GRE Reading Comprehension is probably the most difficult section to improve in. Even when progress occurs, it happens slowly. Many become understandably discouraged. After all, there are few sections in which you can feel flustered and perplexed even after reading the explanation. Perhaps my number one GRE Verbal tip on this matter is simply: Don’t give up.
As long as you remain tenacious, there are specific ideas that can help you improve your Reading Comprehension skills. The advice in this post is aimed not at someone who is just starting off (though it is also relevant to tyros), but for those who feel they may have hit a plateau or an impasse where it seems impossible to advance any further.
You may have already applied my other advice: read widely from publications noted for their high-quality prose. Doing this will help you strengthen your reading brain. But to ultimately get over the hump and increase your Reading Comprehension score, you will want to apply the strategies below, and review our Complete Guide to the GRE.
Practice using official GRE Reading Comprehension material
Content-wise, nothing beats practicing with actual GRE questions from the ETS Official Guide. ETS is the same company that makes the GRE itself, so everything you see in the Official Guide is written to the same specifications as something you’d find on a real GRE. The style and tone of the passage, the way questions and answer choices are worded, and the subtlety between the correct answer and the incorrect answers can only be fully appreciated in actual GRE Reading Comprehension questions.
Know the general structure of GRE Reading Comprehension passages
Most RC passages on the GRE will adhere to the same general structure. First, they introduce a theory or an idea. Then, some background or support will be provided regarding this idea. Often, a similar or competing idea will be introduced and scrutinized. Finally, the passage will close by addressing the implications of the aforementioned arguments.
Once you understand these general tendencies, you’ll be able to better identify the main idea of each passage. Moreover, you’ll train yourself to recognize the function of each individual sentence within the larger role of the main idea itself. Ultimately, you’ll be able to dissect each piece of information and determine whether it is the crux of the author’s argument, a piece of supporting evidence, a counter-theory, or a conclusion about future ramifications.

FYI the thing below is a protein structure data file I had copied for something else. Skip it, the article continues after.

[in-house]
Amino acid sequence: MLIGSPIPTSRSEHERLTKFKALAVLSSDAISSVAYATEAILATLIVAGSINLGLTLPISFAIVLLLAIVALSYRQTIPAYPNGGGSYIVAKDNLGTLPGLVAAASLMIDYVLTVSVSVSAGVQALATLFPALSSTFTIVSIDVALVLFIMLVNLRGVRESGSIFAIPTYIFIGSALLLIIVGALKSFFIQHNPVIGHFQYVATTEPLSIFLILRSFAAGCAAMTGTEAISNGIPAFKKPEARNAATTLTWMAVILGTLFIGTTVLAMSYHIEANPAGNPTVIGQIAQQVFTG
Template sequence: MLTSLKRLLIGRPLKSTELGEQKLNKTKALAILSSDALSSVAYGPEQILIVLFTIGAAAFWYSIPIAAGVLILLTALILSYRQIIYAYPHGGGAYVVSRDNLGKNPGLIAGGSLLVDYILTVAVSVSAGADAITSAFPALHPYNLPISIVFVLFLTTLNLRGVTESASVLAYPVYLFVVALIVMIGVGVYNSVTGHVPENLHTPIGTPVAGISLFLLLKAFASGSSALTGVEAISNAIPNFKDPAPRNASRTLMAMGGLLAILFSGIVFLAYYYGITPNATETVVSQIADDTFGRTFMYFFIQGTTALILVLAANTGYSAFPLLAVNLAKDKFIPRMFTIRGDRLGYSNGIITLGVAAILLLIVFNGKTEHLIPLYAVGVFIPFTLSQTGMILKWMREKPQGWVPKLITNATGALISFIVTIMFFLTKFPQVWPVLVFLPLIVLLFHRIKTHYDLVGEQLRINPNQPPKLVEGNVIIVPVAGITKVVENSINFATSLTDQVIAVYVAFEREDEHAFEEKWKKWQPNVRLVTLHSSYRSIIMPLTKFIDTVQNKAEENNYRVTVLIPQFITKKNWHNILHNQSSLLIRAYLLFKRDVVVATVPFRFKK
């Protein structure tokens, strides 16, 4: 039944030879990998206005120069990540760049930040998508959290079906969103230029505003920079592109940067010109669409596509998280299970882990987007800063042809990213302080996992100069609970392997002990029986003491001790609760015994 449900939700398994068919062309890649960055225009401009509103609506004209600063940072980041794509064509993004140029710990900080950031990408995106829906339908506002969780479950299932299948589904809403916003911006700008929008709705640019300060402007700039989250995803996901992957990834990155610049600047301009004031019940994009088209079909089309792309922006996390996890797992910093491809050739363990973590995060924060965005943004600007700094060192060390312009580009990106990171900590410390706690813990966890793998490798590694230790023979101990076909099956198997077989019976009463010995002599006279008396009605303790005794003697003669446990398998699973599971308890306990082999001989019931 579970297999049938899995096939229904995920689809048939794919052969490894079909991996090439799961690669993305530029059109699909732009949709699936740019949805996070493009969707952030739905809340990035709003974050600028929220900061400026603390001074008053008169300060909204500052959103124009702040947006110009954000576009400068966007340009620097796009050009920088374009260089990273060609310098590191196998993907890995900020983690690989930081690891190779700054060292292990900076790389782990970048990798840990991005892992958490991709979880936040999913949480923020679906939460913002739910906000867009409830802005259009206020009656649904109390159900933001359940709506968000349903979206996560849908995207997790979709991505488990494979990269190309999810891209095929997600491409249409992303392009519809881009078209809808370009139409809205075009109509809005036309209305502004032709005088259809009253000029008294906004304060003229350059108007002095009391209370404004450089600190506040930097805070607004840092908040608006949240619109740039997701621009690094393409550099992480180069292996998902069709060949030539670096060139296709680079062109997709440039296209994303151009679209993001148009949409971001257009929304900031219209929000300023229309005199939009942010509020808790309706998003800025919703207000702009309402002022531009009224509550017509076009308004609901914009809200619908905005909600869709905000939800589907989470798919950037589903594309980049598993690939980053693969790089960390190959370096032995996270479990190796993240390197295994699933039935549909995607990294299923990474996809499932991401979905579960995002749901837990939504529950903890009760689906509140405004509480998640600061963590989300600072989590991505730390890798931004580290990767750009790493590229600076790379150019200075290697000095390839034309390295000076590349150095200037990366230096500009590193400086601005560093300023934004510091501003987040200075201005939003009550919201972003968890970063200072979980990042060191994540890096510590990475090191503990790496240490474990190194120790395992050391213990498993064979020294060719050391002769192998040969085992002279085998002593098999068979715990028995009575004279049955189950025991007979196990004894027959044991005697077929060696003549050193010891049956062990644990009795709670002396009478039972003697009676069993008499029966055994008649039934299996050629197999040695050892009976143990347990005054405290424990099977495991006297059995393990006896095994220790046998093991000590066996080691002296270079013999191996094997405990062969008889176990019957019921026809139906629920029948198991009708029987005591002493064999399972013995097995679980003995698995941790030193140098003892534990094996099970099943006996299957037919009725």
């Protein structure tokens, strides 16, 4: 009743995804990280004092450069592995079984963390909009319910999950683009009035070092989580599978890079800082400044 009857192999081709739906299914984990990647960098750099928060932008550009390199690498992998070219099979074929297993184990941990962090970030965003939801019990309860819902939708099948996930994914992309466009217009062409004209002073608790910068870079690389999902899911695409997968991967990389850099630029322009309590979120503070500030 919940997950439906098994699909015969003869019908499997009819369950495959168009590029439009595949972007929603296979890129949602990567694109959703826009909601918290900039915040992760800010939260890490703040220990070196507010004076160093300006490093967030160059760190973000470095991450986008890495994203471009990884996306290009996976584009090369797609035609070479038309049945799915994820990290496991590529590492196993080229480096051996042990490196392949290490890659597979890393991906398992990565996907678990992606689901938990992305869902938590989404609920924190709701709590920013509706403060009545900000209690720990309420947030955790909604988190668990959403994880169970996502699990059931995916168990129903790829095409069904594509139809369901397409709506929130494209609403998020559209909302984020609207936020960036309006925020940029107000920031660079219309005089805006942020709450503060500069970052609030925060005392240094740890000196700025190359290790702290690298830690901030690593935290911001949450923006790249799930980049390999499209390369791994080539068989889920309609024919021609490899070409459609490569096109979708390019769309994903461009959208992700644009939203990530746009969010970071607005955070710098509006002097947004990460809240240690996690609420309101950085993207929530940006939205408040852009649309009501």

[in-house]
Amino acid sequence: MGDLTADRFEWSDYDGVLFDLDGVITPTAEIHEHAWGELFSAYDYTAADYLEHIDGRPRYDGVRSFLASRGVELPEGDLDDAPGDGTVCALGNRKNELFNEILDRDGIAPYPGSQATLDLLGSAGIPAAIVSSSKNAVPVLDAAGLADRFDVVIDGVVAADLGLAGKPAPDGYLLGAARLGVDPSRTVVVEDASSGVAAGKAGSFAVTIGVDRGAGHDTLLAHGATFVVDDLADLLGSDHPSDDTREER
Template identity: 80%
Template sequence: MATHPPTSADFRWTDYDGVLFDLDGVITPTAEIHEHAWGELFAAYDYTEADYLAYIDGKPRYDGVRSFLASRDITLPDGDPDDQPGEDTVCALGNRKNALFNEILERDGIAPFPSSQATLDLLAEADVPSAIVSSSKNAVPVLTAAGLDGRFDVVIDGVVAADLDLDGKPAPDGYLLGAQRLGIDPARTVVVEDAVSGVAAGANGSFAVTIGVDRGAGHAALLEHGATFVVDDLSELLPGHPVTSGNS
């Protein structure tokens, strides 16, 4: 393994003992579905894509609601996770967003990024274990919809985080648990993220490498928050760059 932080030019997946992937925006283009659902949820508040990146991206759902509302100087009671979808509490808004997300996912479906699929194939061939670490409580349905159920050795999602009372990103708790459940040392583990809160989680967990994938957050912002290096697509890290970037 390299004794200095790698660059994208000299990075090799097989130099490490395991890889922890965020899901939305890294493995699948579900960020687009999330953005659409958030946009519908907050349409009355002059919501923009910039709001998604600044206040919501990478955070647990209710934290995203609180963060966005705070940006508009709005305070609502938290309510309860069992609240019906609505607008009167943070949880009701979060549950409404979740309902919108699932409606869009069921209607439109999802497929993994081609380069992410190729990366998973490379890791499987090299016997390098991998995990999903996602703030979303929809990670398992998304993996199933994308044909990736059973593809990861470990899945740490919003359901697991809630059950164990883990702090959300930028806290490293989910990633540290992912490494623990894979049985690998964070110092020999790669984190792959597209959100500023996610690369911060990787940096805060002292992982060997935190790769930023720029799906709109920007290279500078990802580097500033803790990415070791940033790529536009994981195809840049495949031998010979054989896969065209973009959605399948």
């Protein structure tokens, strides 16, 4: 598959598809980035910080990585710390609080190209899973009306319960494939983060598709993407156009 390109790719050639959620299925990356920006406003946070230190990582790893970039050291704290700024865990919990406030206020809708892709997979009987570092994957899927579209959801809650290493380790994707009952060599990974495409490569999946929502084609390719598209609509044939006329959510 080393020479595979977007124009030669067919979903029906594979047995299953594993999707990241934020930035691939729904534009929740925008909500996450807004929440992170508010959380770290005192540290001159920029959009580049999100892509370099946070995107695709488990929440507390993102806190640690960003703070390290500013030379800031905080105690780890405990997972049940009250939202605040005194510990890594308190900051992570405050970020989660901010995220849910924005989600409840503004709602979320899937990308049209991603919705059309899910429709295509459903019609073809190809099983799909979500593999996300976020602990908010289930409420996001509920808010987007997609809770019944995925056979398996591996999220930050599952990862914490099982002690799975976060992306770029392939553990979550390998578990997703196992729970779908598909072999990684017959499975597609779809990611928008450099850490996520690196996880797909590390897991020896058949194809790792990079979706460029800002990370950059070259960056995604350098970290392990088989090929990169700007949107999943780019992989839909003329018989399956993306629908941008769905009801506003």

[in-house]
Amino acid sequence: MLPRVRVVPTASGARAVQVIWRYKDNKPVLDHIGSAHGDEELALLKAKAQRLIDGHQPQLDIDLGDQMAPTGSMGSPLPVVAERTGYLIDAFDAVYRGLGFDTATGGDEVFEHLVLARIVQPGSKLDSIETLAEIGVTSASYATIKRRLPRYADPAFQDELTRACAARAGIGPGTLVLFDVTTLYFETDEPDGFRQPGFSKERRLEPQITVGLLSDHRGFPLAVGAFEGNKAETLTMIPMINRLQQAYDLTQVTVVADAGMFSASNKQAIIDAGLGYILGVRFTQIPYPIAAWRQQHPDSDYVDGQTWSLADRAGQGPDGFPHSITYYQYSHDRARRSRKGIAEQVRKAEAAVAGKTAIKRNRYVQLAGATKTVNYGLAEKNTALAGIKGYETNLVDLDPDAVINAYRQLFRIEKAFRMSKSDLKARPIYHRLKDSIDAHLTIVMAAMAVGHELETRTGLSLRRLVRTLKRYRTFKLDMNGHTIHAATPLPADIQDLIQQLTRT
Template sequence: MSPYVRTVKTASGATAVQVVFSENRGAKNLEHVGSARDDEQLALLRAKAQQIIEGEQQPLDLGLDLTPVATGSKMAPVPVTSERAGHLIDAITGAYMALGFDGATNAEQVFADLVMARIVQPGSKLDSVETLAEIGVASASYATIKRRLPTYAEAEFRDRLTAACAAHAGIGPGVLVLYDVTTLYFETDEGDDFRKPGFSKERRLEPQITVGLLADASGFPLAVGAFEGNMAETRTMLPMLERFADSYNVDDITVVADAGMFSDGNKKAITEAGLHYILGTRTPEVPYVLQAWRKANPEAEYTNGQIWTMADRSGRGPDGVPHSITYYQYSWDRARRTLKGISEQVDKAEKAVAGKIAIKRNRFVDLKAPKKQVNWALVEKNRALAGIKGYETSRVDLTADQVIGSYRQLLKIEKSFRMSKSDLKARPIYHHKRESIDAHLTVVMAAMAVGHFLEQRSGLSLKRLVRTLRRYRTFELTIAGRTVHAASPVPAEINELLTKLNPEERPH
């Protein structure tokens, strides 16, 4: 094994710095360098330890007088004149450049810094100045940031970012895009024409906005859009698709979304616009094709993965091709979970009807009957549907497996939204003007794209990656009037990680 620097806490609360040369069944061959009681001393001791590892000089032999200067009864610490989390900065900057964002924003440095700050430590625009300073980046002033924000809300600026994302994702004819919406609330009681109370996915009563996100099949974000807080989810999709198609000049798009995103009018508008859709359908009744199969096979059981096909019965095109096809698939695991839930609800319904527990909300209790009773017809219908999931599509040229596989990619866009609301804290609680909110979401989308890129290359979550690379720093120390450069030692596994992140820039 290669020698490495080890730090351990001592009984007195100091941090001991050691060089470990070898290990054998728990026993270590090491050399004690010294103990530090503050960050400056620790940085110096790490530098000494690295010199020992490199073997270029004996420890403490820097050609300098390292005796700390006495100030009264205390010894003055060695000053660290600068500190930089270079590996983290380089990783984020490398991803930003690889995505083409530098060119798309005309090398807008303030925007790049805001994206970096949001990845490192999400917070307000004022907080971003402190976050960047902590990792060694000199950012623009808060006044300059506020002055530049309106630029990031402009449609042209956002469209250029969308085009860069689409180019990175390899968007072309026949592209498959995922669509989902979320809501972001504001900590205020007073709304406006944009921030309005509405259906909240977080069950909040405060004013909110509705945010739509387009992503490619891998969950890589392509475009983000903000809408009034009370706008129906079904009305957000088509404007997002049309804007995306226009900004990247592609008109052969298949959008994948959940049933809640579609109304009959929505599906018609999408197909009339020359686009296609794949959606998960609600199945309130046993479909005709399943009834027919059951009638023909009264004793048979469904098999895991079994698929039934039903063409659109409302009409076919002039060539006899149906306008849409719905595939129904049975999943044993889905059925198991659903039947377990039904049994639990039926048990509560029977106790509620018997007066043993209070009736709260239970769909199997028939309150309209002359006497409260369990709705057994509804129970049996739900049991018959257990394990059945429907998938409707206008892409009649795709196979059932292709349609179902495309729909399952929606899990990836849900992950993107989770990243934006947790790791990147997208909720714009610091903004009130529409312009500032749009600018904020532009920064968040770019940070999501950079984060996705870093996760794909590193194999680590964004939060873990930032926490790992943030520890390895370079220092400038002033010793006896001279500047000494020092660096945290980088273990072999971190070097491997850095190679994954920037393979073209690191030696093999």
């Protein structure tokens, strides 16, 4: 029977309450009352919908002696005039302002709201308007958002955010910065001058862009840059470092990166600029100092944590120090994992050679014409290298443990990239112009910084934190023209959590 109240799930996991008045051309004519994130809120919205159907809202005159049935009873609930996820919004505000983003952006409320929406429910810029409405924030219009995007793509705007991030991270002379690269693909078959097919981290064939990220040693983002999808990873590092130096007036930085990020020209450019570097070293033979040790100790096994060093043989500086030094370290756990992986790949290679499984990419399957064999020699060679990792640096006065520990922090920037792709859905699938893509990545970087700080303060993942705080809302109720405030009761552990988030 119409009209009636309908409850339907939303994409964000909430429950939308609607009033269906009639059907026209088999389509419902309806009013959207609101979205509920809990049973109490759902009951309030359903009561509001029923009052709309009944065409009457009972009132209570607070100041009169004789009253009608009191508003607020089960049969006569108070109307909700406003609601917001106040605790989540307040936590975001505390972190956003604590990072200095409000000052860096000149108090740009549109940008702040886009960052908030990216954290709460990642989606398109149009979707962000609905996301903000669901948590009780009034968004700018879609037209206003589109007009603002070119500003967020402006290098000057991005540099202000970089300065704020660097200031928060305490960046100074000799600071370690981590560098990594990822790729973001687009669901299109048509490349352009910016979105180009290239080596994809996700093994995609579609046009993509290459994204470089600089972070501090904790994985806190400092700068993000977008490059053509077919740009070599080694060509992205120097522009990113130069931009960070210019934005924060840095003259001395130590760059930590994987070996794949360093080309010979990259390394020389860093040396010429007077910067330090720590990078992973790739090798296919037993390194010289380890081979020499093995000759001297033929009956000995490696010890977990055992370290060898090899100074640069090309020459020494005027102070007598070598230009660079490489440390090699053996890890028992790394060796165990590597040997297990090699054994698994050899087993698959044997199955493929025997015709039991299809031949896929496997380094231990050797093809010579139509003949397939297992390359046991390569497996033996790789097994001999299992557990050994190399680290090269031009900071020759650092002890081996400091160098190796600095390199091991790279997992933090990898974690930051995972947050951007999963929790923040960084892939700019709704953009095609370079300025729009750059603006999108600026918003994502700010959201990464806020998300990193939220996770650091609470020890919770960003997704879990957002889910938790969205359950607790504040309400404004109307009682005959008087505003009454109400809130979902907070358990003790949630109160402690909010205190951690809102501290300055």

Know why the wrong answers are wrong
Wrong answers are the soul of Reading Comprehension questions. That may sound odd, like I’m trying to channel Shakespeare, but let me elaborate. Often, you may know the general answer to a question, or you may be able to easily spot common trap answers. But that is not what the GRE is ultimately testing. It is testing whether you can tell the difference between an answer choice that is almost correct and one that is unambiguously correct. Indeed, while sifting through the verbiage of the answer choices, you are truly employing your critical thinking skills.
Only by having a strong sense of why the correct answer is correct and the incorrect answer incorrect will you truly have mastered a question.
Students often balk at revisiting reading passages: ‘I’ve already done that one before.’ Unless you have a photographic memory, you’ll probably have forgotten most—if not all—of a passage you read six weeks ago.
Second, it is not about getting questions right. It is about knowing why the right answer is correct and the wrong answer incorrect (as I just noted above). The chances that you remember the nuances between answer choices are slight to none. Thus, each time you go through a passage is a fresh opportunity to exercise your analytical muscles. Magoosh students who go through practice problems multiple times show a higher score increase than students who do problems only once.
Know the different types of questions
There are a few recurring question types on the GRE Reading Comprehension section. Once you understand the goal of the different question types, you’ll be able to better intuit the correct answer. Likewise, you’ll increase your ability to avoid common trap answers. For more specific information, see the blogposts below:
- Primary Purpose/Main Idea Questions
- Inference Questions
- Vocabulary In Context Questions
- Select the Sentence Questions
Be aware of your propensities for mistakes
Do not fear making mistakes during your studies. Instead, realize that each mistake is an invaluable opportunity to learn something new or to correct an old misunderstanding. You will often find a pattern to your mistakes. It could be that you infer too much in inference questions. It could be that you overlook single words that end up greatly altering a sentence’s meaning. Or it could be that you misinterpret the connotations of the answer choices. Anticipating these mistakes can help you greatly.
Make it your goal to understand what errors you are prone to committing, and maintain mindfulness so these errors are not repeated.
Editor’s Note: This post was originally published in September 2012 and has been updated for freshness, accuracy, and comprehensiveness.
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